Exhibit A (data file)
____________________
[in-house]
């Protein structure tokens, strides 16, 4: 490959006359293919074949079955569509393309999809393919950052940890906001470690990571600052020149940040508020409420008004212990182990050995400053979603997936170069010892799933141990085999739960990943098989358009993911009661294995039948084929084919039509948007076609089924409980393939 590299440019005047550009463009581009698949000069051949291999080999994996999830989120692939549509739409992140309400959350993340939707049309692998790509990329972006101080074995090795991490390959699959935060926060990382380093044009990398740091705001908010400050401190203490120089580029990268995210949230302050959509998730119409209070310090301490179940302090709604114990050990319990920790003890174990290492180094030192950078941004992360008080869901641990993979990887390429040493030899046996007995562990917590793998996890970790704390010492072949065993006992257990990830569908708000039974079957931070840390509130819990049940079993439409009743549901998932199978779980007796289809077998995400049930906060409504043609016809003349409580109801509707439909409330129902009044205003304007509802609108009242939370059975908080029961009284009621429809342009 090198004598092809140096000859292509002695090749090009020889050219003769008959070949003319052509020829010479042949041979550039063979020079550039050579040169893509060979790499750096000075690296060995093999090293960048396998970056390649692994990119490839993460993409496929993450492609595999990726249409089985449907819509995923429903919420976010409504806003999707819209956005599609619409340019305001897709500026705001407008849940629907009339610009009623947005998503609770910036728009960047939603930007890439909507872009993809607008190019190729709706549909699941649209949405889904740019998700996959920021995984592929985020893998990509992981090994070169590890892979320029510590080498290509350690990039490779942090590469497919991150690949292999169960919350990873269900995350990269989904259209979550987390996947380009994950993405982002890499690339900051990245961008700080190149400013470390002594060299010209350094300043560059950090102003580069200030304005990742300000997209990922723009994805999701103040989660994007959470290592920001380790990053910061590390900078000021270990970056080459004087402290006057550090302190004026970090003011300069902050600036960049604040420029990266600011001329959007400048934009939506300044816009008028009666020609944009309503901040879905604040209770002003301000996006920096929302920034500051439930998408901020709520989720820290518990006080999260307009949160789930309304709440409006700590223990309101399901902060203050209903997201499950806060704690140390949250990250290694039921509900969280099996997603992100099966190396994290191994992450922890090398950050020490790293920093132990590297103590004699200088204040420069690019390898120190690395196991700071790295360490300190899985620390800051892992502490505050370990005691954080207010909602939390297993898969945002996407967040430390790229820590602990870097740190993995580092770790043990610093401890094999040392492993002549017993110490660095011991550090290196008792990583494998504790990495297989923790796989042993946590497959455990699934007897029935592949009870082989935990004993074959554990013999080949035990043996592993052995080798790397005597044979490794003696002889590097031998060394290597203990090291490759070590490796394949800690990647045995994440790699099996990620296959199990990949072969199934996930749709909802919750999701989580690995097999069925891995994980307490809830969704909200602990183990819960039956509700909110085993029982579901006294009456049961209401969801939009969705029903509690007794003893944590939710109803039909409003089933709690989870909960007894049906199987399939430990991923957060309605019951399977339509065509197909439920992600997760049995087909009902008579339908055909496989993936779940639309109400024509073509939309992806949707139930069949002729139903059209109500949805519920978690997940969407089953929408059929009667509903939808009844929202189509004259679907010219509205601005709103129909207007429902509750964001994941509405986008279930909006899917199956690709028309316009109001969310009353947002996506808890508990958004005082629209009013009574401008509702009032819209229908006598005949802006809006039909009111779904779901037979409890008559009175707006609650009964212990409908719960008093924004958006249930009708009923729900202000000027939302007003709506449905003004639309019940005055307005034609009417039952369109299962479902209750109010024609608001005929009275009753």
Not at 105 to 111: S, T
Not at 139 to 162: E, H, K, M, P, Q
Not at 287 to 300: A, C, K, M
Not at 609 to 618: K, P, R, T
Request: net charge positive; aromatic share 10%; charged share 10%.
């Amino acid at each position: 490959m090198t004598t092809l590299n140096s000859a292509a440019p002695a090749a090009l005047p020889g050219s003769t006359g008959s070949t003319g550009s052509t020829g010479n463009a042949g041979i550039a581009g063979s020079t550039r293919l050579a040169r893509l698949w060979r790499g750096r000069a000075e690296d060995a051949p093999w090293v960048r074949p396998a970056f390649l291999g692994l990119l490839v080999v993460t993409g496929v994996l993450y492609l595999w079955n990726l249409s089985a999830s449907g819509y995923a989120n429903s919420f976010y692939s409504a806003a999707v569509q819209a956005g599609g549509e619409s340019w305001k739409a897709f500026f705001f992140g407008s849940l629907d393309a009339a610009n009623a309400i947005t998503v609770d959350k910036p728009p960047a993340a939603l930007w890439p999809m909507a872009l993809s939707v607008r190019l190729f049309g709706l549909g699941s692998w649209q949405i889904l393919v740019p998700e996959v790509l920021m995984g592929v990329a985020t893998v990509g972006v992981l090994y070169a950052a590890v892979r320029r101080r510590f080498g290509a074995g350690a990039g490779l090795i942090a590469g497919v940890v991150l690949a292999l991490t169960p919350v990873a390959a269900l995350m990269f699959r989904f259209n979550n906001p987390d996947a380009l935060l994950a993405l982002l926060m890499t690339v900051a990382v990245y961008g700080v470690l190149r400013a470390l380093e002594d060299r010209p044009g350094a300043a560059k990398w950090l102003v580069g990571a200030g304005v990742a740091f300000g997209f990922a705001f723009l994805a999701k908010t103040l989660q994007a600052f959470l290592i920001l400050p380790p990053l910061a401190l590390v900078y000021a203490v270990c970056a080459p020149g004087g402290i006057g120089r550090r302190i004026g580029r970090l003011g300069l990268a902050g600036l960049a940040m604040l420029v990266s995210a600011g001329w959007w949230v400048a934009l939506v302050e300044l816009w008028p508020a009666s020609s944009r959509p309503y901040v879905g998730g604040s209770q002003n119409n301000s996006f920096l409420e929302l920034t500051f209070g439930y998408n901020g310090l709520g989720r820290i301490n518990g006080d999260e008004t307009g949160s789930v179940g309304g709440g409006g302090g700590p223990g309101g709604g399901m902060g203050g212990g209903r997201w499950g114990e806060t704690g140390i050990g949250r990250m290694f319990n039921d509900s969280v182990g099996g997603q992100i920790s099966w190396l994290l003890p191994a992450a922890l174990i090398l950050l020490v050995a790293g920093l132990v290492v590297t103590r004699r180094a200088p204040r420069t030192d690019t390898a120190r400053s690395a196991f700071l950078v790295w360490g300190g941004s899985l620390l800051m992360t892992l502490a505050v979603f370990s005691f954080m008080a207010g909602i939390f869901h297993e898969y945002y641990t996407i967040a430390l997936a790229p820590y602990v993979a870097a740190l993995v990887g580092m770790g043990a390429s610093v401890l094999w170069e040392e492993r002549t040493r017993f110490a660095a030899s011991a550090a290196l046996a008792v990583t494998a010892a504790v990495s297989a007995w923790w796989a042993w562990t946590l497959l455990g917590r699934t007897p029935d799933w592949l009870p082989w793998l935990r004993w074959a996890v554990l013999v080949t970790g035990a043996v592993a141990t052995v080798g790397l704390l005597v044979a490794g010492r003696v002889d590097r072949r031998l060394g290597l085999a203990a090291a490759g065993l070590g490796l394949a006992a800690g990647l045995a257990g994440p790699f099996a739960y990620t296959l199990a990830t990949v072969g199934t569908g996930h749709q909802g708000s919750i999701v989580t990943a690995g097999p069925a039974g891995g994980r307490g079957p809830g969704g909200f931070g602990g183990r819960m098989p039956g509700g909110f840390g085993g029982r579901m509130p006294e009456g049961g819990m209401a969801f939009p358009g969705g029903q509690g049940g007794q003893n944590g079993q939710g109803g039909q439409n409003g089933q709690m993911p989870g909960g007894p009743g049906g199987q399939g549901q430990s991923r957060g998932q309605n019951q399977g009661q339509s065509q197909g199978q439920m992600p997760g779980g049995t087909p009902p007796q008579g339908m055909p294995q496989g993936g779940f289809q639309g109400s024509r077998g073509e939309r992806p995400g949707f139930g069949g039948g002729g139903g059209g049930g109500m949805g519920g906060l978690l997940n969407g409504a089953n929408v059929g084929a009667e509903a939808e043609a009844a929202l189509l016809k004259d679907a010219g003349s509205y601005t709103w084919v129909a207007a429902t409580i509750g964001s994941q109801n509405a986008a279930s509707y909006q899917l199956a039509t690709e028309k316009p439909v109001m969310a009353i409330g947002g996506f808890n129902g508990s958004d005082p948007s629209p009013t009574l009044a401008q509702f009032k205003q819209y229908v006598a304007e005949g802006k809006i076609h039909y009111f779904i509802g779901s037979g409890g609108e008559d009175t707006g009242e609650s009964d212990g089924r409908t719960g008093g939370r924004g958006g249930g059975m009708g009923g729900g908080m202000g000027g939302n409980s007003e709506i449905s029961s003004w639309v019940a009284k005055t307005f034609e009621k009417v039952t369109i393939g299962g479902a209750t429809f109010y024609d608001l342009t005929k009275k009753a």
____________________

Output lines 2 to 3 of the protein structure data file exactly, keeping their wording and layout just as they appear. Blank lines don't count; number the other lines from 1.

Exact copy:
């Protein structure tokens, strides 16, 4: 490959006359293919074949079955569509393309999809393919950052940890906001470690990571600052020149940040508020409420008004212990182990050995400053979603997936170069010892799933141990085999739960990943098989358009993911009661294995039948084929084919039509948007076609089924409980393939 590299440019005047550009463009581009698949000069051949291999080999994996999830989120692939549509739409992140309400959350993340939707049309692998790509990329972006101080074995090795991490390959699959935060926060990382380093044009990398740091705001908010400050401190203490120089580029990268995210949230302050959509998730119409209070310090301490179940302090709604114990050990319990920790003890174990290492180094030192950078941004992360008080869901641990993979990887390429040493030899046996007995562990917590793998996890970790704390010492072949065993006992257990990830569908708000039974079957931070840390509130819990049940079993439409009743549901998932199978779980007796289809077998995400049930906060409504043609016809003349409580109801509707439909409330129902009044205003304007509802609108009242939370059975908080029961009284009621429809342009 090198004598092809140096000859292509002695090749090009020889050219003769008959070949003319052509020829010479042949041979550039063979020079550039050579040169893509060979790499750096000075690296060995093999090293960048396998970056390649692994990119490839993460993409496929993450492609595999990726249409089985449907819509995923429903919420976010409504806003999707819209956005599609619409340019305001897709500026705001407008849940629907009339610009009623947005998503609770910036728009960047939603930007890439909507872009993809607008190019190729709706549909699941649209949405889904740019998700996959920021995984592929985020893998990509992981090994070169590890892979320029510590080498290509350690990039490779942090590469497919991150690949292999169960919350990873269900995350990269989904259209979550987390996947380009994950993405982002890499690339900051990245961008700080190149400013470390002594060299010209350094300043560059950090102003580069200030304005990742300000997209990922723009994805999701103040989660994007959470290592920001380790990053910061590390900078000021270990970056080459004087402290006057550090302190004026970090003011300069902050600036960049604040420029990266600011001329959007400048934009939506300044816009008028009666020609944009309503901040879905604040209770002003301000996006920096929302920034500051439930998408901020709520989720820290518990006080999260307009949160789930309304709440409006700590223990309101399901902060203050209903997201499950806060704690140390949250990250290694039921509900969280099996997603992100099966190396994290191994992450922890090398950050020490790293920093132990590297103590004699200088204040420069690019390898120190690395196991700071790295360490300190899985620390800051892992502490505050370990005691954080207010909602939390297993898969945002996407967040430390790229820590602990870097740190993995580092770790043990610093401890094999040392492993002549017993110490660095011991550090290196008792990583494998504790990495297989923790796989042993946590497959455990699934007897029935592949009870082989935990004993074959554990013999080949035990043996592993052995080798790397005597044979490794003696002889590097031998060394290597203990090291490759070590490796394949800690990647045995994440790699099996990620296959199990990949072969199934996930749709909802919750999701989580690995097999069925891995994980307490809830969704909200602990183990819960039956509700909110085993029982579901006294009456049961209401969801939009969705029903509690007794003893944590939710109803039909409003089933709690989870909960007894049906199987399939430990991923957060309605019951399977339509065509197909439920992600997760049995087909009902008579339908055909496989993936779940639309109400024509073509939309992806949707139930069949002729139903059209109500949805519920978690997940969407089953929408059929009667509903939808009844929202189509004259679907010219509205601005709103129909207007429902509750964001994941509405986008279930909006899917199956690709028309316009109001969310009353947002996506808890508990958004005082629209009013009574401008509702009032819209229908006598005949802006809006039909009111779904779901037979409890008559009175707006609650009964212990409908719960008093924004958006249930009708009923729900202000000027939302007003709506449905003004639309019940005055307005034609009417039952369109299962479902209750109010024609608001005929009275009753």
Not at 105 to 111: S, T